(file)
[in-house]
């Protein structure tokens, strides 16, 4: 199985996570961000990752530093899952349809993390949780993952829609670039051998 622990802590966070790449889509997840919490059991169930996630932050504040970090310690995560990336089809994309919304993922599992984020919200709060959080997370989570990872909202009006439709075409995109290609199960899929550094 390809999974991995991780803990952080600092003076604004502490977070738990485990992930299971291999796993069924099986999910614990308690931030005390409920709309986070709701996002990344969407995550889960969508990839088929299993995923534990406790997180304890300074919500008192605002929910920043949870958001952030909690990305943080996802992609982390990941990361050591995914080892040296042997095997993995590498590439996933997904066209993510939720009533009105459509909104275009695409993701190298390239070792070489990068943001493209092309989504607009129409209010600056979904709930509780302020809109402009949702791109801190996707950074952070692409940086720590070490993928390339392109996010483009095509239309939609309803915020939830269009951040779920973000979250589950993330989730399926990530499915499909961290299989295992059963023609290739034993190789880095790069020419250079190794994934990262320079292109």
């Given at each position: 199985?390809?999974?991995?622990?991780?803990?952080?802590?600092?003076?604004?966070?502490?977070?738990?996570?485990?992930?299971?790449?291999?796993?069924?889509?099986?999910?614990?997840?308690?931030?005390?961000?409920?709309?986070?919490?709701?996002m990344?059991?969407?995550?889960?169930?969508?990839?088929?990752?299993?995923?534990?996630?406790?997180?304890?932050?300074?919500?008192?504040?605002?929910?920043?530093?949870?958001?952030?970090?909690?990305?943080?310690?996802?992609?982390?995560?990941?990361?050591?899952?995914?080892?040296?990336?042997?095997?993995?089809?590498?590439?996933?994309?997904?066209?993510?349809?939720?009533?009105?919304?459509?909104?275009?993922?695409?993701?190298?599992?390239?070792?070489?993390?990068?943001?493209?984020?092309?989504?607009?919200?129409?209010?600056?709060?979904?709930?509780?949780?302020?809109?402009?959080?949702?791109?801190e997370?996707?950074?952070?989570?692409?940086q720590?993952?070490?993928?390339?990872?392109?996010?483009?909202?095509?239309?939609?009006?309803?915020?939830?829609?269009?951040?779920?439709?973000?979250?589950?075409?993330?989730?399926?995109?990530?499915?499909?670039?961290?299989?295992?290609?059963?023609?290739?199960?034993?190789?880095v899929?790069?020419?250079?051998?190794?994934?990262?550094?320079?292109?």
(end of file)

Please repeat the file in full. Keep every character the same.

[in-house]
């Protein structure tokens, strides 16, 4: 199985996570961000990752530093899952349809993390949780993952829609670039051998 622990802590966070790449889509997840919490059991169930996630932050504040970090310690995560990336089809994309919304993922599992984020919200709060959080997370989570990872909202009006439709075409995109290609199960899929550094 390809999974991995991780803990952080600092003076604004502490977070738990485990992930299971291999796993069924099986999910614990308690931030005390409920709309986070709701996002990344969407995550889960969508990839088929299993995923534990406790997180304890300074919500008192605002929910920043949870958001952030909690990305943080996802992609982390990941990361050591995914080892040296042997095997993995590498590439996933997904066209993510939720009533009105459509909104275009695409993701190298390239070792070489990068943001493209092309989504607009129409209010600056979904709930509780302020809109402009949702791109801190996707950074952070692409940086720590070490993928390339392109996010483009095509239309939609309803915020939830269009951040779920973000979250589950993330989730399926990530499915499909961290299989295992059963023609290739034993190789880095790069020419250079190794994934990262320079292109």
């Given at each position: 199985?390809?999974?991995?622990?991780?803990?952080?802590?600092?003076?604004?966070?502490?977070?738990?996570?485990?992930?299971?790449?291999?796993?069924?889509?099986?999910?614990?997840?308690?931030?005390?961000?409920?709309?986070?919490?709701?996002m990344?059991?969407?995550?889960?169930?969508?990839?088929?990752?299993?995923?534990?996630?406790?997180?304890?932050?300074?919500?008192?504040?605002?929910?920043?530093?949870?958001?952030?970090?909690?990305?943080?310690?996802?992609?982390?995560?990941?990361?050591?899952?995914?080892?040296?990336?042997?095997?993995?089809?590498?590439?996933?994309?997904?066209?993510?349809?939720?009533?009105?919304?459509?909104?275009?993922?695409?993701?190298?599992?390239?070792?070489?993390?990068?943001?493209?984020?092309?989504?607009?919200?129409?209010?600056?709060?979904?709930?509780?949780?302020?809109?402009?959080?949702?791109?801190e997370?996707?950074?952070?989570?692409?940086q720590?993952?070490?993928?390339?990872?392109?996010?483009?909202?095509?239309?939609?009006?309803?915020?939830?829609?269009?951040?779920?439709?973000?979250?589950?075409?993330?989730?399926?995109?990530?499915?499909?670039?961290?299989?295992?290609?059963?023609?290739?199960?034993?190789?880095v899929?790069?020419?250079?051998?190794?994934?990262?550094?320079?292109?």